Deaf human rights activism in practice : the tension between disability and cultural approaches to deafness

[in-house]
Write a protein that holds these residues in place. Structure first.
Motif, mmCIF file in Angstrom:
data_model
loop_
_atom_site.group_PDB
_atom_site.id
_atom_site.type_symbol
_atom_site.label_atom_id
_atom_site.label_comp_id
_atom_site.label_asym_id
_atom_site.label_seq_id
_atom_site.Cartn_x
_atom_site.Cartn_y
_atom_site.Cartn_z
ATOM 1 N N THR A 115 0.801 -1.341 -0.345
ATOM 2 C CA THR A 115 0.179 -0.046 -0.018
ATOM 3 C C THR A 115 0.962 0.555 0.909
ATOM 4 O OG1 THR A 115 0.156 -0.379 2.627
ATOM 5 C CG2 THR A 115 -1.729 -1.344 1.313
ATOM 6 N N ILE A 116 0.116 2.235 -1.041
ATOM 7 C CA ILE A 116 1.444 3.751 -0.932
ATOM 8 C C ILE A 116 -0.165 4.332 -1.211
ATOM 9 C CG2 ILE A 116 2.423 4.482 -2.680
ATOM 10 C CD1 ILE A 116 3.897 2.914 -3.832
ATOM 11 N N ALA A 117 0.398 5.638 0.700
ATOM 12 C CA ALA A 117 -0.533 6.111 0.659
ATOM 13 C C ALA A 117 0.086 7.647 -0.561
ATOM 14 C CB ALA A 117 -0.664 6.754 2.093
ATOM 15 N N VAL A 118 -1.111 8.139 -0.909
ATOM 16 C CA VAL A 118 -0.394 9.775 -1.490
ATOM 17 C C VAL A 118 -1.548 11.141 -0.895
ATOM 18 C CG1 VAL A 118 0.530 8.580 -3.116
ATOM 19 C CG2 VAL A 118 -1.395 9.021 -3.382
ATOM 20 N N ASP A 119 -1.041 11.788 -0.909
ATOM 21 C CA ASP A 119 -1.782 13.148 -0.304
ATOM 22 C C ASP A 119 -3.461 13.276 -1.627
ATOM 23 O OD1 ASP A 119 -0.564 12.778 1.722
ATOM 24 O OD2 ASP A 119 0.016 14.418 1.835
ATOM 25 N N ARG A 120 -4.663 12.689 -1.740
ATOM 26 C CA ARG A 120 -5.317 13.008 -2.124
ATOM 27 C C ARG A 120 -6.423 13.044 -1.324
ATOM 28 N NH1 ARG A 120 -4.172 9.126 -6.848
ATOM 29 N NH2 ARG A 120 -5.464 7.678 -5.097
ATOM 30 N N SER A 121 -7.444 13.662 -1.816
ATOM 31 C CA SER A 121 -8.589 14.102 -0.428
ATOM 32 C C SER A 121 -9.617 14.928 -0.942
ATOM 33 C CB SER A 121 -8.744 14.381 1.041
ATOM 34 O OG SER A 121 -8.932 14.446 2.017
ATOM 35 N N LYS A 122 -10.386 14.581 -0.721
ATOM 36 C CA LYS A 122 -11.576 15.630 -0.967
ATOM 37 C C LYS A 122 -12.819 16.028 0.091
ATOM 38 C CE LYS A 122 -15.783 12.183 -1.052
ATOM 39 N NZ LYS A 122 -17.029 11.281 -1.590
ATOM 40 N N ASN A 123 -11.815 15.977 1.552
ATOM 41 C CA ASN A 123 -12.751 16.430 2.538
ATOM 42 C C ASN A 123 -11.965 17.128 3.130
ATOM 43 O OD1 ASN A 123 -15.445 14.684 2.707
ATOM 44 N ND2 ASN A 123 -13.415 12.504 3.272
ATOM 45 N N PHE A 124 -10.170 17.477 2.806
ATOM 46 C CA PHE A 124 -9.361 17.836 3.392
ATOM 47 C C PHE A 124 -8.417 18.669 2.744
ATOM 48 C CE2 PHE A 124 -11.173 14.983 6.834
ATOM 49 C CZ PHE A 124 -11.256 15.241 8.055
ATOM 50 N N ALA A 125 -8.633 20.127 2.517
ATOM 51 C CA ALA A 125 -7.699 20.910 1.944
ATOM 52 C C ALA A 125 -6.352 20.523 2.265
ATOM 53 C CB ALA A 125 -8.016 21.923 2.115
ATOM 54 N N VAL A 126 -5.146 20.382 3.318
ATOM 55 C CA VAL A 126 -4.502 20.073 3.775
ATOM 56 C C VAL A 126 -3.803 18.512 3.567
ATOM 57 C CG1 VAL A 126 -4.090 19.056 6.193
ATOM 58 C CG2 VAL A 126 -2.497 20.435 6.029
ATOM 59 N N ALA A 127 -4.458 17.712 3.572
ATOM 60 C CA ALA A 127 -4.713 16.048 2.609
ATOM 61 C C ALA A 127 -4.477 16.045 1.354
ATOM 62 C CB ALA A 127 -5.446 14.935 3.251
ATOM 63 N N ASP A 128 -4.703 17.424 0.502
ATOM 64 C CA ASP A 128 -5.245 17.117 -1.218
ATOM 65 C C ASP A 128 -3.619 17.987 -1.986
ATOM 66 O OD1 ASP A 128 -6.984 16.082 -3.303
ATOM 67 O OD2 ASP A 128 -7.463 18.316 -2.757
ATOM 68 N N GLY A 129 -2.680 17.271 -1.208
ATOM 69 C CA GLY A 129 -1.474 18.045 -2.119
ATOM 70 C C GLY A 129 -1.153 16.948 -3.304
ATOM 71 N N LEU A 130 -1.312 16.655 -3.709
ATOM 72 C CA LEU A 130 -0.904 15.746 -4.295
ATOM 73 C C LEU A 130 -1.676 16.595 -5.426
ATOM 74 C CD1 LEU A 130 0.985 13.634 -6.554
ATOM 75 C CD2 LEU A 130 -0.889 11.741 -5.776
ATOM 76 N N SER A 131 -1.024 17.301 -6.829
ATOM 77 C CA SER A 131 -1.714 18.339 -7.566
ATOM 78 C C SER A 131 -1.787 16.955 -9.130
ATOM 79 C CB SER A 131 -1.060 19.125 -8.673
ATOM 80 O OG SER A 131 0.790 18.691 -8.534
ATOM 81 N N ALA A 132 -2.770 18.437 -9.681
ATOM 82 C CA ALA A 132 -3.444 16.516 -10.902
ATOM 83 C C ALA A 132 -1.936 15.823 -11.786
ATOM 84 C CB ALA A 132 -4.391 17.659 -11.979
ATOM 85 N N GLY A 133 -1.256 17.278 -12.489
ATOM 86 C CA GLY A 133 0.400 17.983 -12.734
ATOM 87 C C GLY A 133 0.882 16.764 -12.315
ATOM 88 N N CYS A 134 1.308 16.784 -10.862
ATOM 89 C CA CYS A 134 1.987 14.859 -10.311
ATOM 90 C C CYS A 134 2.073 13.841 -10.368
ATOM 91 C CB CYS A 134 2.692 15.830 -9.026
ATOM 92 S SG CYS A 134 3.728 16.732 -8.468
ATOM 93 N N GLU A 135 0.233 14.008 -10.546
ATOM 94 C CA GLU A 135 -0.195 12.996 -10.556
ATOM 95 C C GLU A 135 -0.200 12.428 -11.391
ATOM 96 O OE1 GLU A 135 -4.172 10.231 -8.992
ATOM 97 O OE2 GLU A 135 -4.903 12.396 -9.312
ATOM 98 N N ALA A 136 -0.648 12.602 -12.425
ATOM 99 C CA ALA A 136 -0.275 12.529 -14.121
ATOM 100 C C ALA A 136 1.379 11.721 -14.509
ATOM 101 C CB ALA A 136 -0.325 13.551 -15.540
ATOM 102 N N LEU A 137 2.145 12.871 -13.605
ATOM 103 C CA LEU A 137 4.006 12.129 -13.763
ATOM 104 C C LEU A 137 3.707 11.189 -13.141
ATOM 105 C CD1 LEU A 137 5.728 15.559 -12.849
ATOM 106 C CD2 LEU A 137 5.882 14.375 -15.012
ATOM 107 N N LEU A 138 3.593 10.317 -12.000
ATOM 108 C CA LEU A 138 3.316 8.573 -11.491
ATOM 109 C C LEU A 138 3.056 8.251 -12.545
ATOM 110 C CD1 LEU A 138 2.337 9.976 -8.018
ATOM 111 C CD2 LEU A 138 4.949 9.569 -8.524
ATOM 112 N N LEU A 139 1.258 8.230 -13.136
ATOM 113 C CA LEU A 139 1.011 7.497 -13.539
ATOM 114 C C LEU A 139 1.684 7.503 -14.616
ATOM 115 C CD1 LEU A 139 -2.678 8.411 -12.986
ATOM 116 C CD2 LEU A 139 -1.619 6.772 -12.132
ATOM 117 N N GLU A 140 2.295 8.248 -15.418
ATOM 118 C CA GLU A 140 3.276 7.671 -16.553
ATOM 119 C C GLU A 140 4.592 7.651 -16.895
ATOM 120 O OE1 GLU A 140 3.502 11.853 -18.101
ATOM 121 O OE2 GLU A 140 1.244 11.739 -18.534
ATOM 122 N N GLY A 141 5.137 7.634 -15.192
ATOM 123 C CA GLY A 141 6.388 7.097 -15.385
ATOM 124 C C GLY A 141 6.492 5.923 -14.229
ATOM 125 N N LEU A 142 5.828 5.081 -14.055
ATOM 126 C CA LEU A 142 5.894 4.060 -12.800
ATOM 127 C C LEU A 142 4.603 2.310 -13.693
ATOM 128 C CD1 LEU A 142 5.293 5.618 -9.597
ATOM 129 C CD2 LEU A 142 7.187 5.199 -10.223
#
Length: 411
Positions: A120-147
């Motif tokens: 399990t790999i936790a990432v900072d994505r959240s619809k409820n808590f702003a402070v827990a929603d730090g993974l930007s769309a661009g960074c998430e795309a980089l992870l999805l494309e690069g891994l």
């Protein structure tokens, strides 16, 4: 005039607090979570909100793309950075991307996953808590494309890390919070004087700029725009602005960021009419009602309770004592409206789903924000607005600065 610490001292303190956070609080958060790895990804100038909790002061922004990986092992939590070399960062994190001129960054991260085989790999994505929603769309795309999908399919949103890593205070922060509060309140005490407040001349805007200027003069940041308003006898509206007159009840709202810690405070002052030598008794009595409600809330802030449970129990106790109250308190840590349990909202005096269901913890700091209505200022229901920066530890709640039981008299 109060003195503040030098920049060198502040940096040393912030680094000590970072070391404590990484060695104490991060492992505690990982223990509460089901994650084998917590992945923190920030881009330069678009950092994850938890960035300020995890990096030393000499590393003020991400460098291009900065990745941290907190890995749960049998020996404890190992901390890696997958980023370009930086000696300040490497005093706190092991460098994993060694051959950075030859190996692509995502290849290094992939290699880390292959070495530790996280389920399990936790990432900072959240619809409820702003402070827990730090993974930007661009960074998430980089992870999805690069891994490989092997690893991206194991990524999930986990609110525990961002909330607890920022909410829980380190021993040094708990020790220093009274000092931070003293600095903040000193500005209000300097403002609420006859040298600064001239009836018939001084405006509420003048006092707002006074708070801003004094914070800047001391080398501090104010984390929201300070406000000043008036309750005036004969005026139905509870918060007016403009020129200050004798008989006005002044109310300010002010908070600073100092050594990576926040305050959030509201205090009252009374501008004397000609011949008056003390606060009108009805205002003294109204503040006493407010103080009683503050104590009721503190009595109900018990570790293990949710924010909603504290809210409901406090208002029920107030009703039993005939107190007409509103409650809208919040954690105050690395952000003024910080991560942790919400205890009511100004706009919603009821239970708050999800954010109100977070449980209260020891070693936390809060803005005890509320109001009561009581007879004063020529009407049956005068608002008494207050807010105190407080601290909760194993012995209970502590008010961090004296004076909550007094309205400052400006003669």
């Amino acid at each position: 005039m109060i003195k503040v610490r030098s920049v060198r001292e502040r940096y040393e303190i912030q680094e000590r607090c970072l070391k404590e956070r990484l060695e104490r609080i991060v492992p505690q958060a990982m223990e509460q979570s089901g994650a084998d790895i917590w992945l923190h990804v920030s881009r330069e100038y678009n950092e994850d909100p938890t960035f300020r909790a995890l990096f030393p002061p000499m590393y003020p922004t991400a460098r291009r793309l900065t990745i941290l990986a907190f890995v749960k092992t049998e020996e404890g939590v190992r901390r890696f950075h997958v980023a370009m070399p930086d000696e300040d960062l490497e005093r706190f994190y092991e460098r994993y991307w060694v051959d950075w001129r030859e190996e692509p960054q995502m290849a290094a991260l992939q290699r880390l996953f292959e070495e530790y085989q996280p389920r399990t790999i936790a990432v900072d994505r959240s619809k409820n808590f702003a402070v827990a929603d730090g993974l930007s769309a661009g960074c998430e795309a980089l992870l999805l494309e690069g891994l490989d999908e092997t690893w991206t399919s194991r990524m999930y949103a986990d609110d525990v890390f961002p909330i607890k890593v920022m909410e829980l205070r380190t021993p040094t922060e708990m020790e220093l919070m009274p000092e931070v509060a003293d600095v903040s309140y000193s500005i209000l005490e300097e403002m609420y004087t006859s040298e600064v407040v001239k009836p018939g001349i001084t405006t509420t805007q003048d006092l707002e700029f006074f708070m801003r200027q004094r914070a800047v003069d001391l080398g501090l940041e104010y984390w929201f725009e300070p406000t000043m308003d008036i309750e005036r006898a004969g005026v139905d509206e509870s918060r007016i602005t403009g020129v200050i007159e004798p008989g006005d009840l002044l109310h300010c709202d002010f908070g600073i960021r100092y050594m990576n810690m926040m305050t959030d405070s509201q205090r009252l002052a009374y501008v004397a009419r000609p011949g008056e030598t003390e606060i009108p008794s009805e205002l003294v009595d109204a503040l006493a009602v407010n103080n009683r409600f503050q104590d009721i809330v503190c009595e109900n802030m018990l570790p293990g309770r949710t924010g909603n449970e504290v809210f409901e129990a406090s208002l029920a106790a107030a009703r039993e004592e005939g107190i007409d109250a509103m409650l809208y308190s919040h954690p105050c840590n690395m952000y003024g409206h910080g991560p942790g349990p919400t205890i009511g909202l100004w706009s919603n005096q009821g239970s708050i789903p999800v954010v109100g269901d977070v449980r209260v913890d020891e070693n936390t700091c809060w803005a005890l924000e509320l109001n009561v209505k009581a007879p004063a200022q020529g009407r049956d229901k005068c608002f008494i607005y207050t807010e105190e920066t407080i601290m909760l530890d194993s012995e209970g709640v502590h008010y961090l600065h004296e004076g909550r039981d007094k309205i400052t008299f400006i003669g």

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Deaf people are commonly considered as people with a disability, but many rather consider themselves as belonging to a linguistic and cultural minority. These distinct constructions entail different human rights issues and argumentation in people’s daily lives. This thesis examines deaf human rights activism in practice and analyses the tension between the two concepts of disability and culture. The interdisciplinary approach, with an anthropological focus, contributes to an understanding of the practice of localising international discussions. It will help to grasp the meaning of “deaf culture” and important developments in the disability rights movement. The presented cases of ‘Cochlear Implants’ and ‘Deaf Education’ – with empirical material from Austria – represent currently important issues for deaf human rights activism in Europe. The examination of their context and use of argumentation will help to analyse the applicability of the disability and culture concepts in practice. It further shows the potentials and limits of both approaches for deaf human rights activism. The thesis aims to contribute to a better understanding of the needs and expectations in the practice of deaf human rights activism, in order to ensure that the various experiences and needs of deaf people are taken into consideration.